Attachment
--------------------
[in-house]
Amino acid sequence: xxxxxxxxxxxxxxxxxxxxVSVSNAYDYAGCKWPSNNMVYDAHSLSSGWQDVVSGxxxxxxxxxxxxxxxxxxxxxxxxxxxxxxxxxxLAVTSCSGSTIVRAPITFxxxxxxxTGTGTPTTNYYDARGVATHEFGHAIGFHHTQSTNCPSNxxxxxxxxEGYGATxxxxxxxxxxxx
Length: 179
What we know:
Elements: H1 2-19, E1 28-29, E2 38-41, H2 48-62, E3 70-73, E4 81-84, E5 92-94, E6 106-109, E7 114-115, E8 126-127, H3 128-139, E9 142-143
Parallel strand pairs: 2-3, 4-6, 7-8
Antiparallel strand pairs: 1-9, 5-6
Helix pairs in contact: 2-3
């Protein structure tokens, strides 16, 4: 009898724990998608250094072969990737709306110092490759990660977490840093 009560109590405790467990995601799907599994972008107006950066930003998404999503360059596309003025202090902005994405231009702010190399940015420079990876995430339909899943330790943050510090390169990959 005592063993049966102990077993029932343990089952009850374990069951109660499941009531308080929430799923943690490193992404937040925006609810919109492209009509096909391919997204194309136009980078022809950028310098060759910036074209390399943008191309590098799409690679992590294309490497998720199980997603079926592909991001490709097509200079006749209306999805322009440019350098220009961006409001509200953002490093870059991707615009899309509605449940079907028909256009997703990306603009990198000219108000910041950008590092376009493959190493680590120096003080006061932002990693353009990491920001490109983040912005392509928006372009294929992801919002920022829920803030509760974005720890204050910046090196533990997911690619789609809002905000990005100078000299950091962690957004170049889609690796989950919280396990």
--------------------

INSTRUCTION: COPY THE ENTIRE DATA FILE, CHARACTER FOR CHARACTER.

[in-house]
Amino acid sequence: xxxxxxxxxxxxxxxxxxxxVSVSNAYDYAGCKWPSNNMVYDAHSLSSGWQDVVSGxxxxxxxxxxxxxxxxxxxxxxxxxxxxxxxxxxLAVTSCSGSTIVRAPITFxxxxxxxTGTGTPTTNYYDARGVATHEFGHAIGFHHTQSTNCPSNxxxxxxxxEGYGATxxxxxxxxxxxx
Length: 179
What we know:
Elements: H1 2-19, E1 28-29, E2 38-41, H2 48-62, E3 70-73, E4 81-84, E5 92-94, E6 106-109, E7 114-115, E8 126-127, H3 128-139, E9 142-143
Parallel strand pairs: 2-3, 4-6, 7-8
Antiparallel strand pairs: 1-9, 5-6
Helix pairs in contact: 2-3
């Protein structure tokens, strides 16, 4: 009898724990998608250094072969990737709306110092490759990660977490840093 009560109590405790467990995601799907599994972008107006950066930003998404999503360059596309003025202090902005994405231009702010190399940015420079990876995430339909899943330790943050510090390169990959 005592063993049966102990077993029932343990089952009850374990069951109660499941009531308080929430799923943690490193992404937040925006609810919109492209009509096909391919997204194309136009980078022809950028310098060759910036074209390399943008191309590098799409690679992590294309490497998720199980997603079926592909991001490709097509200079006749209306999805322009440019350098220009961006409001509200953002490093870059991707615009899309509605449940079907028909256009997703990306603009990198000219108000910041950008590092376009493959190493680590120096003080006061932002990693353009990491920001490109983040912005392509928006372009294929992801919002920022829920803030509760974005720890204050910046090196533990997911690619789609809002905000990005100078000299950091962690957004170049889609690796989950919280396990």